As some of you know, I fell off the DC comp list with The New 52, and decided that was a sign from Zeus to start trade-waiting. And with the April solicits, I see decision time has arrived.
That is to say: Which trades or HCs will I buy? I'm certainly not going to pop for all 52, so I have to pick and choose. So let me ask you, Legionnaires:
And so forth. Sound off, folks! Which New 52 titles would you choose for the Captain Comics bookshelf?
Batman by Scott Snyder is a must. The Flash and Batwoman have amazing art; I don't think, yet, that the stories quite measure up, but each issue is better than the last.
My brain went exactly where Doc's did (except for Batwoman, which I admit has amazing art, but the story in issue one wasn't enough to bring me back to issue two).
Beyond that... I couldn't speak to (or care about) what's intrinsic to continuity, but Swamp Thing and Animal Man are really good horror comics that work hand-in-hand with a shared continuity; Action Comics hasn't lived up to expectations, but is still a worthwhile read; and Justice League Dark is a title I enjoy, but not at all one you need to seek out unless you want to. And I think those are all the DC books I read. :-/
Here's my recommendations:
Batman- probably my favorite. Not a lot of change in this title from the old DC. Still feels fresh though with an exciting story.
Action Comics- This isn't my favorite. It's still solid and it's Grant Morrison. If the HC contains the back-up stories it'll be a nice collection to have.
Green Lantern- Once again a direct continuation from the old 52. But if you liked what Johns was already doing with Hal then you'd want to keep with this.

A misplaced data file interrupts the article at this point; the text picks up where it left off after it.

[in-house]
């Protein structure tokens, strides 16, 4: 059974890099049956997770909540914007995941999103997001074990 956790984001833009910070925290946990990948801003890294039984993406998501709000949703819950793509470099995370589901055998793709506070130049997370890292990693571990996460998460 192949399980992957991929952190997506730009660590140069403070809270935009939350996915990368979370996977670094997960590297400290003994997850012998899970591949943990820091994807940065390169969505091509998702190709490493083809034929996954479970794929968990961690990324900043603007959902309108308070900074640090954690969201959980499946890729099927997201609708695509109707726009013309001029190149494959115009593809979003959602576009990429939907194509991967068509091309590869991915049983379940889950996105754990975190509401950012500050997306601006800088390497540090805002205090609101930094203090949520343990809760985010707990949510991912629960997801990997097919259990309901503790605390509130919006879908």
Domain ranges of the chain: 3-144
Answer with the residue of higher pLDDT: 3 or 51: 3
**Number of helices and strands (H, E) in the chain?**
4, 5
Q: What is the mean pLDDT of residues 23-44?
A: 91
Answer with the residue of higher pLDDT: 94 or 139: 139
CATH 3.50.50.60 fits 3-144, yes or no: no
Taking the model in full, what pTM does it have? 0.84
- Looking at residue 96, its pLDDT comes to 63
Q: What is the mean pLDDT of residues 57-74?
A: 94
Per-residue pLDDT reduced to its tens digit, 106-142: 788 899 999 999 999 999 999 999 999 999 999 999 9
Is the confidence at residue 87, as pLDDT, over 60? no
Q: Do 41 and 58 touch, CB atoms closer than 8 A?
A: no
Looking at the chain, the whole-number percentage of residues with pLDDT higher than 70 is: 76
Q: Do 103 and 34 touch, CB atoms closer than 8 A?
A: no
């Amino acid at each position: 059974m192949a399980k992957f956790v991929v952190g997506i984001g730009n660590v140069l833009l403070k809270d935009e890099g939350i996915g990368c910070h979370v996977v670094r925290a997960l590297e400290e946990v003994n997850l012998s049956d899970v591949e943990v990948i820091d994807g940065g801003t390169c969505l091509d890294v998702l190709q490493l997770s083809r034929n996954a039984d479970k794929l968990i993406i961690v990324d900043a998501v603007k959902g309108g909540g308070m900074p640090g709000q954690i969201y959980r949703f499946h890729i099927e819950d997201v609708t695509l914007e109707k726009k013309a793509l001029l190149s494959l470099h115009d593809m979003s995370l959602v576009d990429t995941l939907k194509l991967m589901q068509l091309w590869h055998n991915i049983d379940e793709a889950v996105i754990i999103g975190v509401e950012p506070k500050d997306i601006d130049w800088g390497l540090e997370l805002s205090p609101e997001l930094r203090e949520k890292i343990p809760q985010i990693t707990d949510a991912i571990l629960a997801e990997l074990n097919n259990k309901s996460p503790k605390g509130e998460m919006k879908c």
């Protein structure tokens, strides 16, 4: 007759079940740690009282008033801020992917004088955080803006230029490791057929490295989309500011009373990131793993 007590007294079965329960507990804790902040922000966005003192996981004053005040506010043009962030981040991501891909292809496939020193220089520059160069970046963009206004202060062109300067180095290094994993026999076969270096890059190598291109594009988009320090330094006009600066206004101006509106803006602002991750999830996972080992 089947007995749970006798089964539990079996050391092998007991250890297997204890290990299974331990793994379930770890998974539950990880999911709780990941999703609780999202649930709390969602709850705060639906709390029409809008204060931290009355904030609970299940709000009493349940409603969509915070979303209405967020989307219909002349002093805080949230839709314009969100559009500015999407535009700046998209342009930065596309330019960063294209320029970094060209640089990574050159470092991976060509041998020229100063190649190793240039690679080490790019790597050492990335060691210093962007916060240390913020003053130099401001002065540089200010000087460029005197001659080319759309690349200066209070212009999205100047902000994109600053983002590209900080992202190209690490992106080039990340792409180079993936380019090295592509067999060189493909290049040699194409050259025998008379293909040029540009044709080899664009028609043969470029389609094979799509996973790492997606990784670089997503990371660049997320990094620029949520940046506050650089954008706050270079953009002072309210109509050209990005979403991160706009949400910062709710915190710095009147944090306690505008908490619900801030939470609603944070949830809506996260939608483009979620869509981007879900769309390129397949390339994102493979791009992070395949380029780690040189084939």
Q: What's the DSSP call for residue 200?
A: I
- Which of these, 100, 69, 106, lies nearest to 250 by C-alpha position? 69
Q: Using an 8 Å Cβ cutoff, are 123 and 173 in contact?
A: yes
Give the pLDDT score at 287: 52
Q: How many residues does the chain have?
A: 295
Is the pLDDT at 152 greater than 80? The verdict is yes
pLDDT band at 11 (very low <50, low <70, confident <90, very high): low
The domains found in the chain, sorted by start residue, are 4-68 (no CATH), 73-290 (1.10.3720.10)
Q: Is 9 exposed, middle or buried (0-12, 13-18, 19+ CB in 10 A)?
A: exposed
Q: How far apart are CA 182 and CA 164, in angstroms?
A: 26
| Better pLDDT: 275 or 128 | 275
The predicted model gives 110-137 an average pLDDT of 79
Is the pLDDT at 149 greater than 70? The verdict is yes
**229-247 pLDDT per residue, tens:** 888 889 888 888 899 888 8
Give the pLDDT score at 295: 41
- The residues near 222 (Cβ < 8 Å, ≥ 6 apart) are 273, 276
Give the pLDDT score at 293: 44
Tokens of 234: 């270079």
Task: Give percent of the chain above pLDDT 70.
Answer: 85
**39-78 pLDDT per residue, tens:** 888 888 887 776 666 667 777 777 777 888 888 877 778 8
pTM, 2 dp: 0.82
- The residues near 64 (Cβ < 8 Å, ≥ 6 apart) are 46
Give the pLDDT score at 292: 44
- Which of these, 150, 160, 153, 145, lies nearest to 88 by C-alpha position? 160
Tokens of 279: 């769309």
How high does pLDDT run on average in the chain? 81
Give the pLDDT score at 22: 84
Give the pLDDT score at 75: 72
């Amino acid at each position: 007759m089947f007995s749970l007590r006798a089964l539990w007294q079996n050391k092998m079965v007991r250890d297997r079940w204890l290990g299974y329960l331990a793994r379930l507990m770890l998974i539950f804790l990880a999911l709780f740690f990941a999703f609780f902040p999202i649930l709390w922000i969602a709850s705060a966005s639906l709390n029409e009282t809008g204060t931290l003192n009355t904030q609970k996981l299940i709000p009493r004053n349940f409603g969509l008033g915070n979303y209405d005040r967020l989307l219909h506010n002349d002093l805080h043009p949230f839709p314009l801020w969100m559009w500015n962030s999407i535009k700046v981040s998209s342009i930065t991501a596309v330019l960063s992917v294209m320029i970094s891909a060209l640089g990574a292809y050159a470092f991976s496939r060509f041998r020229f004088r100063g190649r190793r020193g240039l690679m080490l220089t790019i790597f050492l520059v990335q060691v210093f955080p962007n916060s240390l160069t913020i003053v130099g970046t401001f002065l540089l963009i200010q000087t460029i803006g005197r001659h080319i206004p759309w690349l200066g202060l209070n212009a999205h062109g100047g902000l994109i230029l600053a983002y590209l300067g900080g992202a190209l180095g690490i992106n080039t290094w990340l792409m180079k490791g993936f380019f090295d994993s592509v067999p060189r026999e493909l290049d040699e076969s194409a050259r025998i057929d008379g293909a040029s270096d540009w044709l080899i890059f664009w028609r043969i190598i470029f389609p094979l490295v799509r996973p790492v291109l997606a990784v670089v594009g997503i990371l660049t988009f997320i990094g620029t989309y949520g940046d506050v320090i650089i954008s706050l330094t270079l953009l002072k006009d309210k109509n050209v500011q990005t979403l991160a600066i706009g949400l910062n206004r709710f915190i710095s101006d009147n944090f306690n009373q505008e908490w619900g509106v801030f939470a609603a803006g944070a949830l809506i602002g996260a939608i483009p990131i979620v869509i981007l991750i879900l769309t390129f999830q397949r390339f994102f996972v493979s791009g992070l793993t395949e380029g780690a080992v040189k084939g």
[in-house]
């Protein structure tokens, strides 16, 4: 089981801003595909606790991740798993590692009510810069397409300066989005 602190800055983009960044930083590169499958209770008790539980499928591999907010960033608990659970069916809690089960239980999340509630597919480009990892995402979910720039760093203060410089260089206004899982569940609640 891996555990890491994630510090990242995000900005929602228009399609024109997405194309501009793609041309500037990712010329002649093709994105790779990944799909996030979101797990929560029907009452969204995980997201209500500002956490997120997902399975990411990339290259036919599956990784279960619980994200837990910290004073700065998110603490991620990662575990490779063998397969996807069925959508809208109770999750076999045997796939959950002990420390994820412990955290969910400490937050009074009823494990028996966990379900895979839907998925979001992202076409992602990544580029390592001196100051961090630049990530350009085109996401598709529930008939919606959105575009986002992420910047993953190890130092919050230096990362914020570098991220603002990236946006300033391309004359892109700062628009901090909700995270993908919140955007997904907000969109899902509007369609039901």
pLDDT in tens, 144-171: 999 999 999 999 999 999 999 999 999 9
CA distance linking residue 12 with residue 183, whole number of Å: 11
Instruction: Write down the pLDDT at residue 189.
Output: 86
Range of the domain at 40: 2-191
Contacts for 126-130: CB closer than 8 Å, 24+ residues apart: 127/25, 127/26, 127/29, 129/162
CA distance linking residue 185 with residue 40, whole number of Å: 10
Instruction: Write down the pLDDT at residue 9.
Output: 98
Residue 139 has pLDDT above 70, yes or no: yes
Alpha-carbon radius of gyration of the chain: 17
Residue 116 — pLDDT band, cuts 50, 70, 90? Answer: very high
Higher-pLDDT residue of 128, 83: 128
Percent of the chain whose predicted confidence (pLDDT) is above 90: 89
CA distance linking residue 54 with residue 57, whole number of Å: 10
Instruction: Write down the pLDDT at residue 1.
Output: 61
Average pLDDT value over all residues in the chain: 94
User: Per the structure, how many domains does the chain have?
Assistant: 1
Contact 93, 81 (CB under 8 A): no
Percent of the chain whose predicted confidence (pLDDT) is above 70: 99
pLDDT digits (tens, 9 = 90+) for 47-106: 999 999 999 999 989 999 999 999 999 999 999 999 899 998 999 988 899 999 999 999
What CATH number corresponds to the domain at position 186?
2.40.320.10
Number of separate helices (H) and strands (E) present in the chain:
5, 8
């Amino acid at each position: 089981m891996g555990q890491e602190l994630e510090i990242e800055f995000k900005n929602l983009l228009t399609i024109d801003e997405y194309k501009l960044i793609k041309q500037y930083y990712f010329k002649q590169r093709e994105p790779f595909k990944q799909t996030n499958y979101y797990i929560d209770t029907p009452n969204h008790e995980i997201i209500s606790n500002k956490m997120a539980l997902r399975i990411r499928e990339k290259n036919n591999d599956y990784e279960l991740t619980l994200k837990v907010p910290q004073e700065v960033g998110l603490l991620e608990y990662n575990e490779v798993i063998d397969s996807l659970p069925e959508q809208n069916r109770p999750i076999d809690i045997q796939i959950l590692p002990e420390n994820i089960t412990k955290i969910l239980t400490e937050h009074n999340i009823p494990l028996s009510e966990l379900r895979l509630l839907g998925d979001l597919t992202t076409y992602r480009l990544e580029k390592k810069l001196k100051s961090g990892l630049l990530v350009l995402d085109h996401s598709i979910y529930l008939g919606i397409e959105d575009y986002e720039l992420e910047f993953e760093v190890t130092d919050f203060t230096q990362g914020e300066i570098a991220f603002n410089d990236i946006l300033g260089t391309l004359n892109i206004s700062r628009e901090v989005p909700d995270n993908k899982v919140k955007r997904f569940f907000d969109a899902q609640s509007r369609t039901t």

Batman & Robin- I was on the fence at first with this. Bruce and Damian's bickering was overwhelming. But with the addition of a new enemy the first arc has really pulled out the stops.
Nightwing- This has been a lot of fun. Great art. The story has an overarching mystery but several issues can act as stand alone stories.
Justic League- Long time league fans might not like this one. The story telling is very decompressed but would probably be the best out of the 52 in a collection. It's a fun action packed story. Jim Lee's work has never looked better.
Aquaman- Geoff Johns has a good take on the character. Plus Mera is a great female character.
Flash- The artwork alone is what makes this great. The story while decent felt like small potatoes for an opening arc for the world's fastest man.
Stuff you may like
Animal Man- Creepy horror story featuring Buddy Baker and his family. The art fits the story but I know a lot of folks haven't warmed to it.
Frankenstein Agent of Shade- Frank is fun but the art takes some getting use to.
Deathstroke- A good take on Slade Wilson. Pretty violent though.
DC Universe Presents Deadman- If you like Deadman then this is worth picking up. A fun supernatural quantum leap-esque story with great artwork.
Detective Comics- I put this in here because I already had three bat titles in the recommendations. It's about the early days of Batman in the new 52. It's kind of got a Seven vibe to it. It's pretty good but not a must read unless you really like Batman.
Green Lantern Corps- the arc started out ok but got kinda boring.